As a guidebook we’ve used “Greece on My Wheels” by Edward Enfield (it’s available on Kindle for cyclists travelling light). It was published many years ago, but is still relevant with lots of information about the places he visited and the history of the region.

For other cyclists contemplating the Peloponnese – do it but be prepared for plenty of hills. The gradients generally aren’t too bad, but climbs of 3-400 metres crop up regularly. If travelling in the same month as us (October) be aware that many campgrounds will be in the process of closing – the middle of the month seems to be a popular time to shut up shop. However, there are plenty of rooms to let starting from E25 and hotels from about E40. Standards fluctuate so it’s worth taking the time to look around and be prepared to bargain. The weather this October has been superb – lots of sun with day time temps in the high 20s and low 30s. The occasional thunderstorm has been shortlived. With the summer season over, traffic on the roads has been mostly light and we’ve felt pretty safe despite some appalling driving.

Tomorrow we cross the Corinth Canal and take what’s called the Old National Road to Athens.

Interior of the Byzantine Church of Ag Theodoroi in Kambos.
The frescoes are from the 18th century - a bit mouldy and water
damaged. Some of them depict martydoms with some pretty
graphic examples of torture. All tucked into a somewhat nondescript
exterior. We were made aware of the church by the waitress in the town's
little coffee shop - proud of Kambos's history and delighted to talk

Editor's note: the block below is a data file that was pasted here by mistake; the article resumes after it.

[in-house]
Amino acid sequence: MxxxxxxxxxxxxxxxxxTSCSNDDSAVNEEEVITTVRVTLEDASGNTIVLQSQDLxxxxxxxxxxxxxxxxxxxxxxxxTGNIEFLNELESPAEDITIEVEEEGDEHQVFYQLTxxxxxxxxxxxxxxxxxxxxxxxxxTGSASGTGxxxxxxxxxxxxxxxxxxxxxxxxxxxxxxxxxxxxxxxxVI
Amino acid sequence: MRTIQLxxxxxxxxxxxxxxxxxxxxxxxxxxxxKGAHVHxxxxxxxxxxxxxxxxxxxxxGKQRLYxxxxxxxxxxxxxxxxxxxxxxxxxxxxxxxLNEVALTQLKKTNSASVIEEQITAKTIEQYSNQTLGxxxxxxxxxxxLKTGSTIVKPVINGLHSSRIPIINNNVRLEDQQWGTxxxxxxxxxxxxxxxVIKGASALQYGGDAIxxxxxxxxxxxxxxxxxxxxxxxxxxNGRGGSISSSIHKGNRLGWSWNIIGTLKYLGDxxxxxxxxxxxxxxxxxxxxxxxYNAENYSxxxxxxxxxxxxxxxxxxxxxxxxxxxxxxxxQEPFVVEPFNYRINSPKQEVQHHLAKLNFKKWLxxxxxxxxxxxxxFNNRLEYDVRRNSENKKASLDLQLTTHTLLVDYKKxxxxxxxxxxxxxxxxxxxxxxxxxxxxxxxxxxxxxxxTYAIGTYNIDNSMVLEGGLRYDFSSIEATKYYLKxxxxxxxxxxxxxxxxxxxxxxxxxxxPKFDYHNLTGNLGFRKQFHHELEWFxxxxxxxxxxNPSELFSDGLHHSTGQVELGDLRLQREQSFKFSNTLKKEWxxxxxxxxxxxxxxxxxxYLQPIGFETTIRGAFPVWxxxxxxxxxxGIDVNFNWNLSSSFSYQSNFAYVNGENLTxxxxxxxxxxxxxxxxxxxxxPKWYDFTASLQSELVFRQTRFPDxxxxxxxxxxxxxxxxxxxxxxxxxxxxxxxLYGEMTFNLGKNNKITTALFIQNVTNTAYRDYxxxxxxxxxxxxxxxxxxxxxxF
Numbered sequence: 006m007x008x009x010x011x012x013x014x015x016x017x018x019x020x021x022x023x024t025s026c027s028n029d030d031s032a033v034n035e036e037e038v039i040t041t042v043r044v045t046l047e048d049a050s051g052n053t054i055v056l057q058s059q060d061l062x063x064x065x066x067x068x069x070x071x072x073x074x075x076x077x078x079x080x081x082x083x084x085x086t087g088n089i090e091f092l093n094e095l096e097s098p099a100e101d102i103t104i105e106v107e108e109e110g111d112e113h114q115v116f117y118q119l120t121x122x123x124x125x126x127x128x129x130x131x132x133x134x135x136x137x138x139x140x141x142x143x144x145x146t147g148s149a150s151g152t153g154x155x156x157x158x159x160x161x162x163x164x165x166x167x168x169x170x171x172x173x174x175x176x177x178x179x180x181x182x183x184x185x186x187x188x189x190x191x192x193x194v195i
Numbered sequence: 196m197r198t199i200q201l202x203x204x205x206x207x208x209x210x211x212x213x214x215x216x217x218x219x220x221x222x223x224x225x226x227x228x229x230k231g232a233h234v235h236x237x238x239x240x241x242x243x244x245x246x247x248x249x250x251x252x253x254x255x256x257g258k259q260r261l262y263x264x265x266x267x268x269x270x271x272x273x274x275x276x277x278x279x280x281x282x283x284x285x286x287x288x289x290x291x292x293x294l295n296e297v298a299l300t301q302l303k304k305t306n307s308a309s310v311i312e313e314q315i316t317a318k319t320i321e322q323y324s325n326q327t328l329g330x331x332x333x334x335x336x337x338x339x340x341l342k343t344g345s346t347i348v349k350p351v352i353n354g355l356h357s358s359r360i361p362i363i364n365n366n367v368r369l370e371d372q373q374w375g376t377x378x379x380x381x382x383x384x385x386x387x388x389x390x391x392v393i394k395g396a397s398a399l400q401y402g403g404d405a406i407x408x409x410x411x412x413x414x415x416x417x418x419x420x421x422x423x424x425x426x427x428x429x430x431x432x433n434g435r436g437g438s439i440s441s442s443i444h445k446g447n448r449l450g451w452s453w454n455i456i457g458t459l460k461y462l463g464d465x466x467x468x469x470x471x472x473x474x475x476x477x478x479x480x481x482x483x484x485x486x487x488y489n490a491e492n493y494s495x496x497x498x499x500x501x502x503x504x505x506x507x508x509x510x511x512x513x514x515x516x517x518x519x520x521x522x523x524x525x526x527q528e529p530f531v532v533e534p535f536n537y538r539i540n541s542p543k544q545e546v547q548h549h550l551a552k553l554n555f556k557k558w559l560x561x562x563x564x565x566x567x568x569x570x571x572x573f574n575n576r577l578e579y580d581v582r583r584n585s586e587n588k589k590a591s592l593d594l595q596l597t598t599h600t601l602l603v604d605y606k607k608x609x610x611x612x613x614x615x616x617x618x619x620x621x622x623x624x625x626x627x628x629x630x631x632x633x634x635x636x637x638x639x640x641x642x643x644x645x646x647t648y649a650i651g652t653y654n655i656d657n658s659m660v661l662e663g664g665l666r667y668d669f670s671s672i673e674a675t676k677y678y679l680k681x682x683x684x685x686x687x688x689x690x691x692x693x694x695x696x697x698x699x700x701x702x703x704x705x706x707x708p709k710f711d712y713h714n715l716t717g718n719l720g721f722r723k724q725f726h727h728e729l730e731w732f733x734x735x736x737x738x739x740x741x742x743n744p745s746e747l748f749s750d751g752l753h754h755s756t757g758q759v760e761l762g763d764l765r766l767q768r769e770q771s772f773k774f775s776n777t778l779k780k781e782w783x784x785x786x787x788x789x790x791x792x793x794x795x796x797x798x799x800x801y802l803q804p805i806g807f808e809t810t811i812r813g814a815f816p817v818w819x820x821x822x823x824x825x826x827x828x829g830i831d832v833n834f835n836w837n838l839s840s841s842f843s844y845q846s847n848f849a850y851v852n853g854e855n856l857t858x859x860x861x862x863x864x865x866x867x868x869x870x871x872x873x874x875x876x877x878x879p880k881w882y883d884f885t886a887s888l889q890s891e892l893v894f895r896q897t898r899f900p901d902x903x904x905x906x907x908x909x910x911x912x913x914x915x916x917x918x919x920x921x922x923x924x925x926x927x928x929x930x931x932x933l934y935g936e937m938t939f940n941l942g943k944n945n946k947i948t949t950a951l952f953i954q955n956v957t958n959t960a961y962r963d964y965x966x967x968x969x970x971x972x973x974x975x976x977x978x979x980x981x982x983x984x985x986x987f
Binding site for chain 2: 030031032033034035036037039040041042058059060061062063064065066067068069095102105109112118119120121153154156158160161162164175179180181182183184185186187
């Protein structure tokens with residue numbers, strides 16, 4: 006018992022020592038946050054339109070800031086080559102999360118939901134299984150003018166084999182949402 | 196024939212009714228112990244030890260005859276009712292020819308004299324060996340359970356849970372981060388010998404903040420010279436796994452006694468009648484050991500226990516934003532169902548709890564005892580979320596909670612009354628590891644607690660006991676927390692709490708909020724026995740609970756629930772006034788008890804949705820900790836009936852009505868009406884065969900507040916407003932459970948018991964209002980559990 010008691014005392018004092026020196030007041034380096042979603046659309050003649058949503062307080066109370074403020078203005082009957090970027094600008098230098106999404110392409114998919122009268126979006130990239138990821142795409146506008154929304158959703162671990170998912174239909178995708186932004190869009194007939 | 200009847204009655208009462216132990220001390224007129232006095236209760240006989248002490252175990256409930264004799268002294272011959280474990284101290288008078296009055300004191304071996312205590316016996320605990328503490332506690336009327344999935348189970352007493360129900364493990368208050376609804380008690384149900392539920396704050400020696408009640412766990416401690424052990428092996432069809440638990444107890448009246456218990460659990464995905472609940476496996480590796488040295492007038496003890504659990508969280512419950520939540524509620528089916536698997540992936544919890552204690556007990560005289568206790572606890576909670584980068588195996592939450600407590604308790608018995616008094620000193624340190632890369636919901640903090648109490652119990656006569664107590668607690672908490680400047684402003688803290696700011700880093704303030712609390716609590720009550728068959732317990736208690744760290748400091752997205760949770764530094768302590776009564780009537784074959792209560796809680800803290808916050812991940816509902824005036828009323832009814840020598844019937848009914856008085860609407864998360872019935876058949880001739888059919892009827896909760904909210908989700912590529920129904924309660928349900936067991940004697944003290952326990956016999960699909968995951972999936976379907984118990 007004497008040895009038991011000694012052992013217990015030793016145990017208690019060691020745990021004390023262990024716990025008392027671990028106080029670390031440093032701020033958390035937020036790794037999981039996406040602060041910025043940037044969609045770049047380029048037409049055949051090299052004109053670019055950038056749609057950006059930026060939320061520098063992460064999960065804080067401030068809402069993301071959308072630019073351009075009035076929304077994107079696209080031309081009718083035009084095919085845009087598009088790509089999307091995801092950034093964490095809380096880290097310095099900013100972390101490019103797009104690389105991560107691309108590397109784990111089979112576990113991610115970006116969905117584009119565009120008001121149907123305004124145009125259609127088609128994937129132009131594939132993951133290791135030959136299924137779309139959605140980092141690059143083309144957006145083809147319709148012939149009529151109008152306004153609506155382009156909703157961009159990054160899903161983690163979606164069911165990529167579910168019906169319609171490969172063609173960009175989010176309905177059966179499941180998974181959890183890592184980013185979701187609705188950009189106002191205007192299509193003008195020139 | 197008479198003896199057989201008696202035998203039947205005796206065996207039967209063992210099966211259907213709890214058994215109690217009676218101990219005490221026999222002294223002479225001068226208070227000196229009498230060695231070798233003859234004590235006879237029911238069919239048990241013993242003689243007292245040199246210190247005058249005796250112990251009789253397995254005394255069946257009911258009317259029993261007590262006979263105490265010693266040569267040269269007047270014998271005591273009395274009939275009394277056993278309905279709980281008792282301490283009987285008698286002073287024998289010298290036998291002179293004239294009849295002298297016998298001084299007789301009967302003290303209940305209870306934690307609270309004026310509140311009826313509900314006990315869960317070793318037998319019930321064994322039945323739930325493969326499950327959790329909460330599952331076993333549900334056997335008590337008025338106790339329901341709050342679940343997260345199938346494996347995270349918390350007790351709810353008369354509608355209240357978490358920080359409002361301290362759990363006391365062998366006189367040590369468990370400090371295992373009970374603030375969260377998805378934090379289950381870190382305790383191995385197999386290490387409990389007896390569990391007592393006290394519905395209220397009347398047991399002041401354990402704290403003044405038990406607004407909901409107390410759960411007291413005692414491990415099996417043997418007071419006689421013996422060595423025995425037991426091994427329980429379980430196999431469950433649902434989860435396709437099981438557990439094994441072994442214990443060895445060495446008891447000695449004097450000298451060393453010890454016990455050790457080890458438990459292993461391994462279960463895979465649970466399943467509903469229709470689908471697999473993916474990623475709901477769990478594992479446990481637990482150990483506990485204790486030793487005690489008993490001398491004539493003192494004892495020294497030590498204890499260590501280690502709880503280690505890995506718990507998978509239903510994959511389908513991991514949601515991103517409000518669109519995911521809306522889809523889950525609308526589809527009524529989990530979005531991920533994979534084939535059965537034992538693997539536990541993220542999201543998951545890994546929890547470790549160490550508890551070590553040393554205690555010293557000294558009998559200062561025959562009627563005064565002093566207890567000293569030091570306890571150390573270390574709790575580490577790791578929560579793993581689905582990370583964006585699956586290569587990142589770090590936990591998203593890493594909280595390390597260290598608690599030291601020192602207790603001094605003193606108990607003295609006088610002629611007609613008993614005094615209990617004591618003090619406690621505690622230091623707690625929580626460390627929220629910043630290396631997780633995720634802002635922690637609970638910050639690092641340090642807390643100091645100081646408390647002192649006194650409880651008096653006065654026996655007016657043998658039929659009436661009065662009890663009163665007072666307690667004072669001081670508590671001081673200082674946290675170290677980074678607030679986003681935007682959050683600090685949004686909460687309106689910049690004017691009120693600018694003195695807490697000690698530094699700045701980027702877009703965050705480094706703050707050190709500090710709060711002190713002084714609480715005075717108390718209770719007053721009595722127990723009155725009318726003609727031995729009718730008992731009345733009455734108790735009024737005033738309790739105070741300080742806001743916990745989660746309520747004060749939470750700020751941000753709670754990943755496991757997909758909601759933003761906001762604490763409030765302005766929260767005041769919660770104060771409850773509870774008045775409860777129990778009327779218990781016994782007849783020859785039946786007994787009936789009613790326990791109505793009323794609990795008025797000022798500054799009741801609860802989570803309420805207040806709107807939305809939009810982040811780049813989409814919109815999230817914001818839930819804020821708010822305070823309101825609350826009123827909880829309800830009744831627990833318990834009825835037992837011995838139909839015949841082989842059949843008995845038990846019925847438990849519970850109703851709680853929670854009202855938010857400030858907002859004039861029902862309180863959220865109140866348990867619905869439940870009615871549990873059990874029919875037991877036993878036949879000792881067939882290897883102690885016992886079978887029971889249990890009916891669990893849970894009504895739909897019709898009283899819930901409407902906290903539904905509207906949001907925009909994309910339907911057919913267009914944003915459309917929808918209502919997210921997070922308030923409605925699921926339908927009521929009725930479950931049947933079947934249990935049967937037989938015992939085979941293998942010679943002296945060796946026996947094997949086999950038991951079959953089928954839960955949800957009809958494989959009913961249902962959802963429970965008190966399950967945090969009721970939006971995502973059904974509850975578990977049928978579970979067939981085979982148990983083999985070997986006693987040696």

about it.


  1. Looks great you two, glad you're still enjoying the high temperatures and sun. We've plunged back into cold, grey weather in Auckland and balmy days in Italy seem a long time ago. Take care on those Greek roads.

  2. WOW guys those photos are the best so far - it looks so beautiful, the Mountains look amazing. So very jealous it has been far too long since I was with you!! xxx

  3. I SO LOVE opening my email and seeing your gorgeous, happy, relaxed, faces smiling back at me! You're both looking so fit and well and it sounds as though you're continuing to have a ball and to take everything in your circular stride! Lots of love from Hong Kong xx

  4. Hi intrepid travellers. Still marvelling in your fabulous journey - you both look so happy and relaxed. Blighty is bleak weather and news wise. Keep following the sun. Lots of love
    Hev xxx

  5. Have recently returned from a trip to Greece. This included a trip to Koroni where we also visited Rachels Bakery (twice in fact) the pastries and biscuits were to die for. We were served by alittle oldish lady who kissed all of the children and handed out free biscuits. Its such apity you don't get customer service like that anywhere else..You pictures are great..keep travelling xx

    1. Thanks for your comments Anonymous - loved hearing about your experience at Rachel's Bakery. As you say, you don't get customer service like that in many other places. Kind regards,